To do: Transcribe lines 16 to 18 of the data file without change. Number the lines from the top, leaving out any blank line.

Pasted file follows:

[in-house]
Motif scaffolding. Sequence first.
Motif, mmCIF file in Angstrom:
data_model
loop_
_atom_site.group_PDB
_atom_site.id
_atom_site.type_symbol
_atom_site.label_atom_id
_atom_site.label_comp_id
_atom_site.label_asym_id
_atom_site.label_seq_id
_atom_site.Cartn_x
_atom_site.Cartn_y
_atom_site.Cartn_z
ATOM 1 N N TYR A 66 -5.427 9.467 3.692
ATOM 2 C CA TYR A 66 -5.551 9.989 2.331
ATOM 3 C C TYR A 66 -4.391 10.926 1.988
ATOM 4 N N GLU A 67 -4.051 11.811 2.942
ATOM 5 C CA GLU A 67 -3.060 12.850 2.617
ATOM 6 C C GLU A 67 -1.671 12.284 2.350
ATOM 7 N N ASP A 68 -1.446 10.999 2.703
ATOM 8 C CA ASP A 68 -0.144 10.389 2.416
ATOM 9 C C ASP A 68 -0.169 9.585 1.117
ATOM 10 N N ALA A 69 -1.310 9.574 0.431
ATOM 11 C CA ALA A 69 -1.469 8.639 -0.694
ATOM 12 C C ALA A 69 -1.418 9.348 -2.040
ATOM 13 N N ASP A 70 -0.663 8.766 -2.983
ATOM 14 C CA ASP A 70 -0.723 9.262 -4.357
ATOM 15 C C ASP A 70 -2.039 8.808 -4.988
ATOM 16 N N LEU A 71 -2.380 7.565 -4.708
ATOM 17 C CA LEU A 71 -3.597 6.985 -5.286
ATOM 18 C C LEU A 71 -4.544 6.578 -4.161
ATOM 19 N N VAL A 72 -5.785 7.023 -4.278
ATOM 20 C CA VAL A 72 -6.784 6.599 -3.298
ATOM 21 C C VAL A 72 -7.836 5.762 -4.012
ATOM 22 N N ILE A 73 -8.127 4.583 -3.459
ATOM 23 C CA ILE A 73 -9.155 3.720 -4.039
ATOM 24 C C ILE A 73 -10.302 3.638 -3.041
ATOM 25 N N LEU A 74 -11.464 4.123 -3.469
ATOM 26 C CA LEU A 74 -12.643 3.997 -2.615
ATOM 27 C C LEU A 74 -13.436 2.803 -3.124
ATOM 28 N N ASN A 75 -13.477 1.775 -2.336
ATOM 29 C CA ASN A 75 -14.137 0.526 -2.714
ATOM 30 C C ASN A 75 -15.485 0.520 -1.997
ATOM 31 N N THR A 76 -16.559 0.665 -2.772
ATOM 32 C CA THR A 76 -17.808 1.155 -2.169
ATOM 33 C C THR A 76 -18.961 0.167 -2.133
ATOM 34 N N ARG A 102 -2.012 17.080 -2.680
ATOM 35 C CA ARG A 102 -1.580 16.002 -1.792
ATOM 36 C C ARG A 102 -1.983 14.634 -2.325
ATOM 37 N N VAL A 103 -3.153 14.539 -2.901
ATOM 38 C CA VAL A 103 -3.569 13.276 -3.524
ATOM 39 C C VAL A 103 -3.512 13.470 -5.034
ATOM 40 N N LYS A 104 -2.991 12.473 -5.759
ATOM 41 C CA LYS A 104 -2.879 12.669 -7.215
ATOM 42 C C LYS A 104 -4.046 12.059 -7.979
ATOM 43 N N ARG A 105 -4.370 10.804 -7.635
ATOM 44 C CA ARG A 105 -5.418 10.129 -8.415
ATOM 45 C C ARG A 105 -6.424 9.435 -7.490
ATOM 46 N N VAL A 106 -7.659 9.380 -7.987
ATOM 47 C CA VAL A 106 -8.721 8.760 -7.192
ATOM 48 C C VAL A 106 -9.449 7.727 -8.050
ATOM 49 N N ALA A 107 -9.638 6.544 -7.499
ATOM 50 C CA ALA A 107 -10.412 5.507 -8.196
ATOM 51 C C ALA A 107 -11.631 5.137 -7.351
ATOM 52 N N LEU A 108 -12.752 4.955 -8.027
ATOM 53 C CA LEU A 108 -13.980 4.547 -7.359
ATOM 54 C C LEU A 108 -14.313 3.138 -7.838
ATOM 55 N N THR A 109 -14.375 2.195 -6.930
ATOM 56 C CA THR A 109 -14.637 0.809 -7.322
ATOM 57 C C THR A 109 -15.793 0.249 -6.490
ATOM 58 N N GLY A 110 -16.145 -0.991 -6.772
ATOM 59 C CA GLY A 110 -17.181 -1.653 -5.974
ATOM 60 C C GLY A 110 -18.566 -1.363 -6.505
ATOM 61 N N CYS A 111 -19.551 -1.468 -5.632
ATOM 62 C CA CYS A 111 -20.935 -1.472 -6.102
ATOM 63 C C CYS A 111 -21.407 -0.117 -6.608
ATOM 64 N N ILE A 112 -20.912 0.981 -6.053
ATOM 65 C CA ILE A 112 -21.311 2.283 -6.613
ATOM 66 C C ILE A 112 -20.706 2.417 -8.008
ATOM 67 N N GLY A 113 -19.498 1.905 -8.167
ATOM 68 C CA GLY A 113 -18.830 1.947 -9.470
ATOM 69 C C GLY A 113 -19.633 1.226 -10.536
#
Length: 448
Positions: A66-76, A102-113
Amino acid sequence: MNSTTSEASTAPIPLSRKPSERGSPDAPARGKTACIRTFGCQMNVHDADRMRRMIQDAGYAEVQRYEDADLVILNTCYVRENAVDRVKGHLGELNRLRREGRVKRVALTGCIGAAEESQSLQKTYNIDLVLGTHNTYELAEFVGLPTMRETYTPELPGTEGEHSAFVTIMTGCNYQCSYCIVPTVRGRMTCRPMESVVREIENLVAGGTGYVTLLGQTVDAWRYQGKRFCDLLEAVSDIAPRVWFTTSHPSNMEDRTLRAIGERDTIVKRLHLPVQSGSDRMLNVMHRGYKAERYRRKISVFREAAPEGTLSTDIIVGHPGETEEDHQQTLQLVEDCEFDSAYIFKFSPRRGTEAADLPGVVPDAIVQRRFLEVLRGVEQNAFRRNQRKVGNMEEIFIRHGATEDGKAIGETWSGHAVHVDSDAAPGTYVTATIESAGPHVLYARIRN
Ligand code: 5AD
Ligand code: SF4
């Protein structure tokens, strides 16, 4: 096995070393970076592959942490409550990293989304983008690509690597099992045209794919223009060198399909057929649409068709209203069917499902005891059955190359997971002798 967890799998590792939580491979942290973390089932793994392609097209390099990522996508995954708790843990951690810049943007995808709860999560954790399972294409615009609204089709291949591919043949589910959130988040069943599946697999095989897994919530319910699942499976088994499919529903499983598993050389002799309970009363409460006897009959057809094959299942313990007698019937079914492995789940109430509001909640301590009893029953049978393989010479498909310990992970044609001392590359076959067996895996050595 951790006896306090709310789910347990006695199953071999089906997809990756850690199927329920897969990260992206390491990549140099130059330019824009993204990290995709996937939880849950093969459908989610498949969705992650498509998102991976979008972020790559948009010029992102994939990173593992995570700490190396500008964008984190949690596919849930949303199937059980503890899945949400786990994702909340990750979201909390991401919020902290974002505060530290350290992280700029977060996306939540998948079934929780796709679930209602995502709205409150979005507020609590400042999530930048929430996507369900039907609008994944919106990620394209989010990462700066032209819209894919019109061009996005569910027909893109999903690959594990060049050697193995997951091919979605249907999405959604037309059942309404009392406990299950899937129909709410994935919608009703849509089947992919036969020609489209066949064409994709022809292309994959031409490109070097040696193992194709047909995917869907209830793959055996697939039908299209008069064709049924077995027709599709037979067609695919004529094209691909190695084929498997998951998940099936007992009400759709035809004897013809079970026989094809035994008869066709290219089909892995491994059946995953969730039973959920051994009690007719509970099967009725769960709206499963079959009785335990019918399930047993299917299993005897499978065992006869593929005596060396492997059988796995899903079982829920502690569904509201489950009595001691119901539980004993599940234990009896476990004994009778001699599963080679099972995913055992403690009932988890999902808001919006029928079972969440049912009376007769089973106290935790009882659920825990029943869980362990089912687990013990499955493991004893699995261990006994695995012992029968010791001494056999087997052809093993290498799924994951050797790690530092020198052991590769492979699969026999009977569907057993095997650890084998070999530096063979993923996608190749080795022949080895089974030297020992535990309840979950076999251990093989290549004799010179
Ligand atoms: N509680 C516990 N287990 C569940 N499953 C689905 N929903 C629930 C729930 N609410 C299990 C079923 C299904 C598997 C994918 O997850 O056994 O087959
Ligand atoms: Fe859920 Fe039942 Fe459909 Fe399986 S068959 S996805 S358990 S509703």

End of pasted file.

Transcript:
ATOM 1 N N TYR A 66 -5.427 9.467 3.692
ATOM 2 C CA TYR A 66 -5.551 9.989 2.331
ATOM 3 C C TYR A 66 -4.391 10.926 1.988